Exit, Molested by a Bear

Niall Anderson girds his loins, then girds them again, for his second snowy revisionist western in as many days, The Revenant.

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If there’s a joke anywhere in The Revenant, I missed it. If a character smiles, or takes a breath that sounds less grievous than a death rattle, I must have missed those too. At one point someone is so overcome with starvation and blood-loss that he hugs a tree, thinking it’s his wife. The viewer infers from this that nature contains all things: that cruelty and love exist within the same overwhelming space. The skeletal score makes one of its few swooning movements. The viewer will at this point reflect that the line between cosmic severity and deep silliness is very thin indeed.

The Revenant would like to be taken seriously. My advice would be to have a few beers before watching: the earlier you allow yourself to laugh, the better the time you’re likely to have. In my case, dutiful sobriety lasted about ten minutes – till the first moment Tom Hardy opens his mouth. Dressed as Bungle from Rainbow and employing a voice that sounds like a lump of coal trapped under a doorframe, Hardy takes his usual incomprehensibility into new and wondrous directions here. At this point I knew I could relax and surrender to the spectacle.

And what a spectacle it is. Leaving snark aside, The Revenant is the most exciting adventure film I’ve seen in years. There are half a dozen long action sequences that make Spielberg look like a rank amateur. The combination of precise human choreography and Emmanuel Lubezki’s free-wheeling cinematography results in moments so unexpectedly graceful or brutal (or both) that they feel like a truer articulation of the film’s obsessions than the dialogue or the plot. When I left the screening, all I wanted to do was see The Revenant again. And when I do I’ll be seeing it on the biggest screen possible.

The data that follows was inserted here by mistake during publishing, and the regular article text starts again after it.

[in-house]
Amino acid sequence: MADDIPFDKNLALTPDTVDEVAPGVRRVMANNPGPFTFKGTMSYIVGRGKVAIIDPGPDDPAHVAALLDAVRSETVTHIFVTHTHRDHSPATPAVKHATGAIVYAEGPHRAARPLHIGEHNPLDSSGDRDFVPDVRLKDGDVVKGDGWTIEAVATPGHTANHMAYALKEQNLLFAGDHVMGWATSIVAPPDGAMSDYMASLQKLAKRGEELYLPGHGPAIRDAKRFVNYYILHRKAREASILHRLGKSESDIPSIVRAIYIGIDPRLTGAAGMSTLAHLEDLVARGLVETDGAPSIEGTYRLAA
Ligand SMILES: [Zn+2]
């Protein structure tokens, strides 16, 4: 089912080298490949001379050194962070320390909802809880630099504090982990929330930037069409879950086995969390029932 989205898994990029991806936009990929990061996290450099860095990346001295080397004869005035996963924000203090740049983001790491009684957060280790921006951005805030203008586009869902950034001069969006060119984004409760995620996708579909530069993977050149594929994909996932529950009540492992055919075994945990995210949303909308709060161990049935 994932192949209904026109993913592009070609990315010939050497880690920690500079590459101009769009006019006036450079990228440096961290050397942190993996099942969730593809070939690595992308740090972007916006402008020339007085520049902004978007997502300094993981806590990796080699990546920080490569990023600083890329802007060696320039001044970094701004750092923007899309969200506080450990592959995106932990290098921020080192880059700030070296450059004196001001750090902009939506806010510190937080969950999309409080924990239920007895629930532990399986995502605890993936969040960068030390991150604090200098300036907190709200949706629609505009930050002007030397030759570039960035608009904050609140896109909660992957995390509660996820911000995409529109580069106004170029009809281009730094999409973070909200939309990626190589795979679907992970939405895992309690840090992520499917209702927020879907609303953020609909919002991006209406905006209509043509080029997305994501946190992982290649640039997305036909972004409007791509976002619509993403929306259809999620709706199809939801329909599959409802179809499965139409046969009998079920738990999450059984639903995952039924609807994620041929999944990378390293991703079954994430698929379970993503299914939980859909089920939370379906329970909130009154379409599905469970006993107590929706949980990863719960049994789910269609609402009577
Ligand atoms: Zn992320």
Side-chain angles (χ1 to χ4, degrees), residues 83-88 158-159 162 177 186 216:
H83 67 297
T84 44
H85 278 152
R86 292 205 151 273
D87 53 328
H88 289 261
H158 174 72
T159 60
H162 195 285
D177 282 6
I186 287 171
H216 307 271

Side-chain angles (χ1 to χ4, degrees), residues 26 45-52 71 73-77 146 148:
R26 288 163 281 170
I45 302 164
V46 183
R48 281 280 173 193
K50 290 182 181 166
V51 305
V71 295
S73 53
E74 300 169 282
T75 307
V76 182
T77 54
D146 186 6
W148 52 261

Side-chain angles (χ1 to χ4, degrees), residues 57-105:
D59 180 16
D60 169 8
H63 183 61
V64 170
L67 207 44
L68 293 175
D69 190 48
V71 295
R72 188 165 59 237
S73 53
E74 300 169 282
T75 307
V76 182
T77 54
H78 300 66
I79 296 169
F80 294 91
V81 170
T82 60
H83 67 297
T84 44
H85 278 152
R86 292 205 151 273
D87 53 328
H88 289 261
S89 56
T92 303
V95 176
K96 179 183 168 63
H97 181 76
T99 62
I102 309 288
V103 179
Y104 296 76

The plot, then. There’s a bunch of armed traders wandering about the Louisiana Purchase in the 1820s. Winter is coming and they’re turning towards home having gathered all the pelts they think they can carry. But they’re not alone. Other hunters and traders have been working the territory, and they’ve stirred up trouble with the local Arikara tribe. The film begins with a spectacular attack by the Arikara that kills more than half the traders and forces the rest into retreat. The burden of a safe retreat falls on the shoulders of Hugh Glass (Leonardo DiCaprio), who is an experienced tracker but also a figure of some suspicion in the group. He is known to have had a Native American wife, and he brings with him a son, Hawk, by that marriage. It’s at this point that mercenary John Fitzgerald (Tom Hardy) brings up his objections to being led around Louisiana by a squaw-lovin’ mfmfmfmfmaagggghgh. (When The Revenant comes out on DVD the subtitles will tell us what he’s actually saying, but that’s the gist.)